This is my effort after the two day sitting. I had a full-on profile which I did not choose as we drew easel positions out of a hat, but but I soon warmed to the possibilities (after using my viewfinder) and deciding to do landscape format which  I would not otherwise have done. The green curtain had been placed behind the sitter and framed the head very well for most of the painters but I ended up finding the book shelf very exciting (surprise surprise). I am sure I have never painted a bookshelf before.

Hannaford was very generous with his information and gave plenty of individual attention. There were some great painters there and some great paintings by the end of the weekend.

Saturday, May 25, 2013

What not to do in an Art Gallery

After eight years, today is the final day I will sit in my gallery minding a show of work by one of the artists I have been representing. As I have been hinting for months I am making some serious changes, no longer representing other artists but concentrating on my own painting and drawing, and I couldn't be happier. I keep catching a gleeful grin in the mirror.

This is me waving goodbye at the door. The reflection in the hall stand mirror is my manikin Frida holding her palette, and there is a tiny Martin Edge self -portrait at bottom right.

As this is the last day I will be captive here and at the whims of the general public, I thought I would have a bit of fun with some do's and don'ts of gallery visiting.

I have divided these into two categories. The first is

Comments made by gallery visitors

1. "I would buy one but the one I want has a red sold spot" ( Said regarding a show of 60 plus works only one of which is sold)
2. "I really love that one and I will come back with my husband/wife/partner/cat/mailman on the weekend to see if they like it too..."
3. "I really love that but have absolutely no room on my walls."
4. "I could maybe get my artistic son/daughter/cousin to do something similar."
5. "What a great SPACE this is...Wow"
6. "Gee what a great view from the back deck, you should serve coffee..."

If I had a dollar for every time I heard these...

Helpful List of Do's and Don'ts.

1. Don't step two feet inside a gallery and ask "So how's it going?" What sort of answer do you want?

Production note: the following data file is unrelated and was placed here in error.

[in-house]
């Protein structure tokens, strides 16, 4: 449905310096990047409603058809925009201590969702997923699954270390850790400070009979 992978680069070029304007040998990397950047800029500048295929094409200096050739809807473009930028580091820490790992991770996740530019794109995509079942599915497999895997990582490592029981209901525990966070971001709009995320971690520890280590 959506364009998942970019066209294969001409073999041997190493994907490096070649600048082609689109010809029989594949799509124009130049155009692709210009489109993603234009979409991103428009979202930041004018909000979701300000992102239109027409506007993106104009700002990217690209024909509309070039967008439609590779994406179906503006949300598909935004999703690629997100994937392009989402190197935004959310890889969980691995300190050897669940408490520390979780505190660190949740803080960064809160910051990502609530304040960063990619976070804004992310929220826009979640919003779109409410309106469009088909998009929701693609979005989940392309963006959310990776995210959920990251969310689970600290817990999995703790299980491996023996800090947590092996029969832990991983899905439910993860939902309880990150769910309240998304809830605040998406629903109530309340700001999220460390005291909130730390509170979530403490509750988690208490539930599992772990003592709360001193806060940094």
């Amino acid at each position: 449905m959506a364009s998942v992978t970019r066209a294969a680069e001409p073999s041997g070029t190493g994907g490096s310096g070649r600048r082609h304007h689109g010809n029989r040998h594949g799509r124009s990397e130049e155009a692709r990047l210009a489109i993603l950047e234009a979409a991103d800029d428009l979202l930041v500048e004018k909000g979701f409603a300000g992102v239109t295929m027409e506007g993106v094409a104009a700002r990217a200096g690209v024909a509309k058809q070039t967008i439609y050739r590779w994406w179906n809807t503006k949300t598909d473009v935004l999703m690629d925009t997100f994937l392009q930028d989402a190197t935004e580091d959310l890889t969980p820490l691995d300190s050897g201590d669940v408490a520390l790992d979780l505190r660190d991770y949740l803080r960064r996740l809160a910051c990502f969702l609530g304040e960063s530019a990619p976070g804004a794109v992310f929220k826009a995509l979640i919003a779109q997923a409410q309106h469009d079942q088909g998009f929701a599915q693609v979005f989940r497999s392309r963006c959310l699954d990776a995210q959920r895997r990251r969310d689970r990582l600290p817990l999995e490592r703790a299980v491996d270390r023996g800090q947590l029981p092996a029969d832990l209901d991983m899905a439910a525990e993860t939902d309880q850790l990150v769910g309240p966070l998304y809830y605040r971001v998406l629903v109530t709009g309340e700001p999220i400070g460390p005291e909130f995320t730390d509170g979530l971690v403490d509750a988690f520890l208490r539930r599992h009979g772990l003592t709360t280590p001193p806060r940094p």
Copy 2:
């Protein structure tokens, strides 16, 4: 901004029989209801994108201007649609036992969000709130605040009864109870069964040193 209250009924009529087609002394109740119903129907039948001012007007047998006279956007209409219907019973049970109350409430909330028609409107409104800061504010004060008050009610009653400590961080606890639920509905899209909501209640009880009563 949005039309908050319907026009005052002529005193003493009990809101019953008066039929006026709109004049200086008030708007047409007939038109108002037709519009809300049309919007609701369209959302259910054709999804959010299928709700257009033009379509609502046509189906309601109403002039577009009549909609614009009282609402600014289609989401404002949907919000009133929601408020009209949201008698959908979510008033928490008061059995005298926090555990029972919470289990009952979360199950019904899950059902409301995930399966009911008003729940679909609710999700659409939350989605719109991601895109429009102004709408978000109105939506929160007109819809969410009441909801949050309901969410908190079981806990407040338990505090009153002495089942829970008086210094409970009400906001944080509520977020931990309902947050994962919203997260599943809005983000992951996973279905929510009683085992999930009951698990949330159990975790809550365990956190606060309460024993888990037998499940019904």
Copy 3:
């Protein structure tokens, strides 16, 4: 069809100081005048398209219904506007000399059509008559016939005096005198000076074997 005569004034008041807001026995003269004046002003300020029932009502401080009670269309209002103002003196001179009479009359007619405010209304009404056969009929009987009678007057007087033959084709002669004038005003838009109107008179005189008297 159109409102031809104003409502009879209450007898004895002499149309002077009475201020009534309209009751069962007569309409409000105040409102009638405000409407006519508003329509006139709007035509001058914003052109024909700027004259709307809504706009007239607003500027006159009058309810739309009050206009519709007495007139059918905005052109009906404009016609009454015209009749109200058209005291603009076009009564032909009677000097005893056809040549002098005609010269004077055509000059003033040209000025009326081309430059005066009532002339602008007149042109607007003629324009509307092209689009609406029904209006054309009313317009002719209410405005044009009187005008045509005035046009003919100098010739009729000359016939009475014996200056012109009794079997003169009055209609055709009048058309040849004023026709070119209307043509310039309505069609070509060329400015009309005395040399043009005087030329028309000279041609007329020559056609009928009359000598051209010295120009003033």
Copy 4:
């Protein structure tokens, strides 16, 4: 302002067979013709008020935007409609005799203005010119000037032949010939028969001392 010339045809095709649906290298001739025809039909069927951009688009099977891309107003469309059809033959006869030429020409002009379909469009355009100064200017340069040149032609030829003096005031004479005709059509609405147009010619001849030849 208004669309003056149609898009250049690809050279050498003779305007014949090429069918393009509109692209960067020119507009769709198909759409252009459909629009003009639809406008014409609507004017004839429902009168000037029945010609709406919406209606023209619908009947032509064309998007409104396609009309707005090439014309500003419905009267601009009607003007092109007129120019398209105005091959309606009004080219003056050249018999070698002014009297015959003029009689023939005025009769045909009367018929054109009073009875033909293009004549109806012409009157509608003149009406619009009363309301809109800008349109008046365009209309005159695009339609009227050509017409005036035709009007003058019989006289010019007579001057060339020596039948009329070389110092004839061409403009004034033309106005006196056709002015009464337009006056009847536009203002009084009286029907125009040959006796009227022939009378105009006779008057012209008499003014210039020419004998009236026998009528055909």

a)"Yes it's going great guns I am making a fortune"? ( a lie)
b)"It's a bit quiet" ( a half truth but I don't mind as it gives me time to paint)

If I answer with the latter remark, that does not automatically entitle you to then launch into...

"You know what you should do..."

Advice offered ranges from

"Have you tried to head-hunt X, Y, Z?"

"You should be showing A,B,C type of work."

"You should sell books"

"You should not sell books"

and of course

" Gee you know what? I think you should serve coffee on the back deck"

2. Don't come to every Opening for eight years, make a beeline for the bar, stay on the back deck all night without even a pretence of looking at the work.

3. Don't stand in front of a painting, and state loudly
"That's way too cheap", unless you personally intend to a) buy the work, and b) would like to pay more for it.

Believe it or not Gallery Directors have given some of the above considerations a bit of thought.

A few other classic comments I would like to share.

Visitor:   "You've painted the walls in here"
Me:   "No I haven't"
Visitor:   "Yes you have"
Me:   "No I haven't"
Visitor:   "Well you have since I've been here last!" (defensively)
Me:   "When was that?"
Visitor:   "About two years ago!" (more defensively)
Me:   "I haven't repainted the walls since I opened eight years ago"
Visitor:   "Are you sure?"

And a real classic was the lady who stood on the back deck overlooking our Sculpture Garden and told me it was a "common area put in by the Brisbane City Council".